The idea had been running through Race Imboden’s mind for a while. Finally, pushed by news of two mass shootings in the United States over the first weekend of August and the availability of a public platform after a victory at the Pan American Games, the American fencer could keep silent no longer.
In a protest heard across the country, he took a knee during “The Star-Spangled Banner” after he was part of the gold medal-winning foil team Friday and then explained his decision on social media.
“I opened my phone to text my parents that we’d won. I opened Instagram and my mother had posted that it’s not a time to stay silent and, you know, I see stuff like that all the time,” he said in a telephone interview. “A lot of my friends are posting things of that nature, and I just thought it was — again, there was a shooting so recently and my feed was filled with people being upset and hurt by the tragedies that happened over the week and I felt it was necessary to do my part.”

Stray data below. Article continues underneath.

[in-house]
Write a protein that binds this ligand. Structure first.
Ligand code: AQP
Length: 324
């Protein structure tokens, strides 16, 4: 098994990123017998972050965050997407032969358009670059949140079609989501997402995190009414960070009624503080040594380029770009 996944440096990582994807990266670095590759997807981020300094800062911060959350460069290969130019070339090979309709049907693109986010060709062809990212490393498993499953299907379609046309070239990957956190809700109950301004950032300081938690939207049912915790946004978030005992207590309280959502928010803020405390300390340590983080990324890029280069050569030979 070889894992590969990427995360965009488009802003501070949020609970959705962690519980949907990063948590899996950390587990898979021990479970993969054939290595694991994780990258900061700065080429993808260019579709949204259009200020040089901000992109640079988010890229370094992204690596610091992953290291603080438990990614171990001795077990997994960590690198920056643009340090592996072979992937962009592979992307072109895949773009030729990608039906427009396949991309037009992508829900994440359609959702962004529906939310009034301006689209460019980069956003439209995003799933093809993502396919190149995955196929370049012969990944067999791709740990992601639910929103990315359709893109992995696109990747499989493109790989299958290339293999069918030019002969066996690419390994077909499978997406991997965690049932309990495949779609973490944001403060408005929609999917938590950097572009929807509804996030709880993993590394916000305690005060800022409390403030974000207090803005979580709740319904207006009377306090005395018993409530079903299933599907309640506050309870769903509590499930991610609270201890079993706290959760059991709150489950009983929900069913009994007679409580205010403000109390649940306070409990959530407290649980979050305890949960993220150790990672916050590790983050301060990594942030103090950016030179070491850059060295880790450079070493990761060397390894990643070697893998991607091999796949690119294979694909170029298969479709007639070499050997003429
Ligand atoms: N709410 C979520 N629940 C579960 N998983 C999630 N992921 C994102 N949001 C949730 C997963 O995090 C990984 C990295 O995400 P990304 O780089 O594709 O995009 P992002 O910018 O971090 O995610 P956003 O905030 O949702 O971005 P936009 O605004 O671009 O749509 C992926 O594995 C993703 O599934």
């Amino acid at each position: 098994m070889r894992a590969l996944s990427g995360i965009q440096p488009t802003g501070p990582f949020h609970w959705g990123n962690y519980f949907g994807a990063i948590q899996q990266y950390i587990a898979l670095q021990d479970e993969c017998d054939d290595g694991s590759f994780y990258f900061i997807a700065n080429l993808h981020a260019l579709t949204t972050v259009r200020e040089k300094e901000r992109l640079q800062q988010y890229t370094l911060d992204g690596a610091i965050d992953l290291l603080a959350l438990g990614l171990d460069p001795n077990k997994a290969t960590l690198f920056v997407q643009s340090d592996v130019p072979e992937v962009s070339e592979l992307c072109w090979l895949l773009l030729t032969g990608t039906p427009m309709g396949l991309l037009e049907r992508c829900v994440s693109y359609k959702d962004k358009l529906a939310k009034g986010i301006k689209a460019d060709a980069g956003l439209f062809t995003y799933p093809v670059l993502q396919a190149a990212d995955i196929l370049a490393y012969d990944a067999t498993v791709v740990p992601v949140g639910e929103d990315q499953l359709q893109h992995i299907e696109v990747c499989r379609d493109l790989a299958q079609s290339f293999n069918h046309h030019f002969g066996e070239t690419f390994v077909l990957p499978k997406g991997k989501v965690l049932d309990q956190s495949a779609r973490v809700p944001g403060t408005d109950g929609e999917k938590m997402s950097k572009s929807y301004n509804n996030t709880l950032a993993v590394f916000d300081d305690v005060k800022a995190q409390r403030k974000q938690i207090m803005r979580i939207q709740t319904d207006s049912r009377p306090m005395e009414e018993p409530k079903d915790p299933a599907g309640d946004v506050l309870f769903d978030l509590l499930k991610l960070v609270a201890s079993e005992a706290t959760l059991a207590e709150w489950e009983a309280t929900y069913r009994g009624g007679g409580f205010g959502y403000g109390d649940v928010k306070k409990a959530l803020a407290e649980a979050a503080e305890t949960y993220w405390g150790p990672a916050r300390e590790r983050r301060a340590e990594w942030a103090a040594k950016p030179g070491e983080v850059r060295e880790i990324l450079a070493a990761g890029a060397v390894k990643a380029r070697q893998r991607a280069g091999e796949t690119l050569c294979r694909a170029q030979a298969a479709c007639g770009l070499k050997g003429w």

In a series of tweets that included the image of him kneeling, Imboden called for change and criticized President Trump as “a president who spreads hate.”
“We must call for change. This week I am honored to represent Team USA at the Pan Am Games, taking home Gold and Bronze. My pride however has been cut short by the multiple shortcomings of the country I hold so dear to my heart,” he tweeted. “Racism, Gun Control, mistreatment of immigrants, and a president who spreads hate are at the top of a long list. I chose to [sacrifice] my moment today at the top of the podium to call attention to issues that I believe need to be addressed. I encourage others to please use your platforms for empowerment and change.”
Imboden, 26, was influenced by Colin Kaepernick, the free agent quarterback who began his protests in the summer of 2016. From there, the protest movement spread across the NFL and to athletes of all ages, both amateur and pro, male and female. Kaepernick, like others, has made it clear he demonstrated during the national anthem to raise awareness of social injustice and police brutality. Heavily criticized by Trump, he and others have repeatedly said the protest is not directed at members of the military.